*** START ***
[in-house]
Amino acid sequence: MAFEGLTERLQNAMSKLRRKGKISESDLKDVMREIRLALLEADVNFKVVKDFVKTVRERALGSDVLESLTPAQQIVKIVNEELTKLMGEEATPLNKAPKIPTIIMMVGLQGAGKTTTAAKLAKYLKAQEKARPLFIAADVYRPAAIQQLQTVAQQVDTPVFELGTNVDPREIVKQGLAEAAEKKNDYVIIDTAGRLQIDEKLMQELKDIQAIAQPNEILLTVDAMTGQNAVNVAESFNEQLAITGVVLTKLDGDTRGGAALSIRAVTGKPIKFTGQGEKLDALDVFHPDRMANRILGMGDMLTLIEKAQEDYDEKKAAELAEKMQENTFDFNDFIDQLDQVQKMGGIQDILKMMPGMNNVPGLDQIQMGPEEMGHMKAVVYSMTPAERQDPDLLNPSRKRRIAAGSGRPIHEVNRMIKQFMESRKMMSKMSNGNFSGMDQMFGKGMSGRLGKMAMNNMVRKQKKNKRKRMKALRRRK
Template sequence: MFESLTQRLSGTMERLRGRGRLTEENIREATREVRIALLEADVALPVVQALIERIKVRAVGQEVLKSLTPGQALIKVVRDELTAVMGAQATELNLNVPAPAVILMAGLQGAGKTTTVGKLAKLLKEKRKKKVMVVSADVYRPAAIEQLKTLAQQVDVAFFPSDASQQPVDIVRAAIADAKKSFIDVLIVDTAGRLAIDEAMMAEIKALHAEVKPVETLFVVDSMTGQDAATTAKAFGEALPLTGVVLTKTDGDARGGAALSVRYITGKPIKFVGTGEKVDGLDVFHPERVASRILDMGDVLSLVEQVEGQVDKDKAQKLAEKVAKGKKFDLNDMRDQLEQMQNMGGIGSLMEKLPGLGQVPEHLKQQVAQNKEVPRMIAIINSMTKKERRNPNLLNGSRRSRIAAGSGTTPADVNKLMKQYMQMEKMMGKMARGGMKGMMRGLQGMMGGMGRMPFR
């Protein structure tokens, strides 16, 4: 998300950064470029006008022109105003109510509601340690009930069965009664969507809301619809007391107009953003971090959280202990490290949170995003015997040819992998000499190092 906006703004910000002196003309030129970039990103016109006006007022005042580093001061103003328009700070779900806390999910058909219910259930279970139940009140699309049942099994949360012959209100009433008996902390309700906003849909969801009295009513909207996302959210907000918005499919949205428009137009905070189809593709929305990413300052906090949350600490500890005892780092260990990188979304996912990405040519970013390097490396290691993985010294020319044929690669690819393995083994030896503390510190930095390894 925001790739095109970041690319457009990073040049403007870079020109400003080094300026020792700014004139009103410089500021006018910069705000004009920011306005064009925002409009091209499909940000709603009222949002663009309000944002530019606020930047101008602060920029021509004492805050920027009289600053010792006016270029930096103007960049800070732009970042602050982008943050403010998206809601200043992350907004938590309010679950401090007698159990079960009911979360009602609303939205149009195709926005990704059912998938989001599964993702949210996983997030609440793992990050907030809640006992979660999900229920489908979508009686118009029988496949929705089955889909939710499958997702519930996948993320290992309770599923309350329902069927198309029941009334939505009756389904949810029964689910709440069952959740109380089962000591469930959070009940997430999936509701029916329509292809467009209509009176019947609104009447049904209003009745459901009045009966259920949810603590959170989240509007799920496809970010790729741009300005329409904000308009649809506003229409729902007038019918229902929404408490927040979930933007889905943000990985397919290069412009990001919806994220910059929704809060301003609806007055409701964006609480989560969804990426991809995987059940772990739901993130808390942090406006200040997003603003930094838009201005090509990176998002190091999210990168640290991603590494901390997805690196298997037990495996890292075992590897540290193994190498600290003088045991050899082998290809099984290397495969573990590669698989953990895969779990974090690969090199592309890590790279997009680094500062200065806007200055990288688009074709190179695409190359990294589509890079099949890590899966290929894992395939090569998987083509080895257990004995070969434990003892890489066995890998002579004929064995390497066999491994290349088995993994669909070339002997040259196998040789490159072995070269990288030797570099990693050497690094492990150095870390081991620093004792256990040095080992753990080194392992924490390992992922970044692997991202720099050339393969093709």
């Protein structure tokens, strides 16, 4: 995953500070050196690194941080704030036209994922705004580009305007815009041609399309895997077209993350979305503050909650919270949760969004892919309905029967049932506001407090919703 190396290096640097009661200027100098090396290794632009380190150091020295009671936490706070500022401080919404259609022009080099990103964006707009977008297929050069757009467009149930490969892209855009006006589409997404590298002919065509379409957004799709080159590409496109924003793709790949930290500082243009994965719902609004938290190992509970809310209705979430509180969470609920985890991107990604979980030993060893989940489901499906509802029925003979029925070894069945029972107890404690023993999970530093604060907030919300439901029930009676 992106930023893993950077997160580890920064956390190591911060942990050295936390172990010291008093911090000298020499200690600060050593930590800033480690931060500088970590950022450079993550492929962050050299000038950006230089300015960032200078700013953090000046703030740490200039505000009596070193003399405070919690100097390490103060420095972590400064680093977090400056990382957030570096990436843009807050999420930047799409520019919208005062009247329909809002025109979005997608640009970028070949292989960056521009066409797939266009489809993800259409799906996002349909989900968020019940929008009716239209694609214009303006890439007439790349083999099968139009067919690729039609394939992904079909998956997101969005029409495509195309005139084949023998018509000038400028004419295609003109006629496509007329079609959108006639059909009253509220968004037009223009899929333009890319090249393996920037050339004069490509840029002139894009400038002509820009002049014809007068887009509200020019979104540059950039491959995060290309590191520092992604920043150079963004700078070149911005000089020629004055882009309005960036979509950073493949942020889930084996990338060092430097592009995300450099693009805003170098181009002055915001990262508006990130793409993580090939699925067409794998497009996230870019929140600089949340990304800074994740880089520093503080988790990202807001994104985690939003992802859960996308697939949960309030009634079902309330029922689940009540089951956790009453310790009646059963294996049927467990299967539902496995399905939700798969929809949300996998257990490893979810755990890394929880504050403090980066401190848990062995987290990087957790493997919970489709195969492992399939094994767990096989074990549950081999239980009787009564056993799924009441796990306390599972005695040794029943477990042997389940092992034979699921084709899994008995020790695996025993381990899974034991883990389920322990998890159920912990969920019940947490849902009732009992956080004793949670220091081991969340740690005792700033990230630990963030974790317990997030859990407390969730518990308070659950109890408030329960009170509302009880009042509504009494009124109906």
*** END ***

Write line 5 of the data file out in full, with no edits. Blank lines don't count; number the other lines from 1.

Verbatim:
């Protein structure tokens, strides 16, 4: 995953500070050196690194941080704030036209994922705004580009305007815009041609399309895997077209993350979305503050909650919270949760969004892919309905029967049932506001407090919703 190396290096640097009661200027100098090396290794632009380190150091020295009671936490706070500022401080919404259609022009080099990103964006707009977008297929050069757009467009149930490969892209855009006006589409997404590298002919065509379409957004799709080159590409496109924003793709790949930290500082243009994965719902609004938290190992509970809310209705979430509180969470609920985890991107990604979980030993060893989940489901499906509802029925003979029925070894069945029972107890404690023993999970530093604060907030919300439901029930009676 992106930023893993950077997160580890920064956390190591911060942990050295936390172990010291008093911090000298020499200690600060050593930590800033480690931060500088970590950022450079993550492929962050050299000038950006230089300015960032200078700013953090000046703030740490200039505000009596070193003399405070919690100097390490103060420095972590400064680093977090400056990382957030570096990436843009807050999420930047799409520019919208005062009247329909809002025109979005997608640009970028070949292989960056521009066409797939266009489809993800259409799906996002349909989900968020019940929008009716239209694609214009303006890439007439790349083999099968139009067919690729039609394939992904079909998956997101969005029409495509195309005139084949023998018509000038400028004419295609003109006629496509007329079609959108006639059909009253509220968004037009223009899929333009890319090249393996920037050339004069490509840029002139894009400038002509820009002049014809007068887009509200020019979104540059950039491959995060290309590191520092992604920043150079963004700078070149911005000089020629004055882009309005960036979509950073493949942020889930084996990338060092430097592009995300450099693009805003170098181009002055915001990262508006990130793409993580090939699925067409794998497009996230870019929140600089949340990304800074994740880089520093503080988790990202807001994104985690939003992802859960996308697939949960309030009634079902309330029922689940009540089951956790009453310790009646059963294996049927467990299967539902496995399905939700798969929809949300996998257990490893979810755990890394929880504050403090980066401190848990062995987290990087957790493997919970489709195969492992399939094994767990096989074990549950081999239980009787009564056993799924009441796990306390599972005695040794029943477990042997389940092992034979699921084709899994008995020790695996025993381990899974034991883990389920322990998890159920912990969920019940947490849902009732009992956080004793949670220091081991969340740690005792700033990230630990963030974790317990997030859990407390969730518990308070659950109890408030329960009170509302009880009042509504009494009124109906």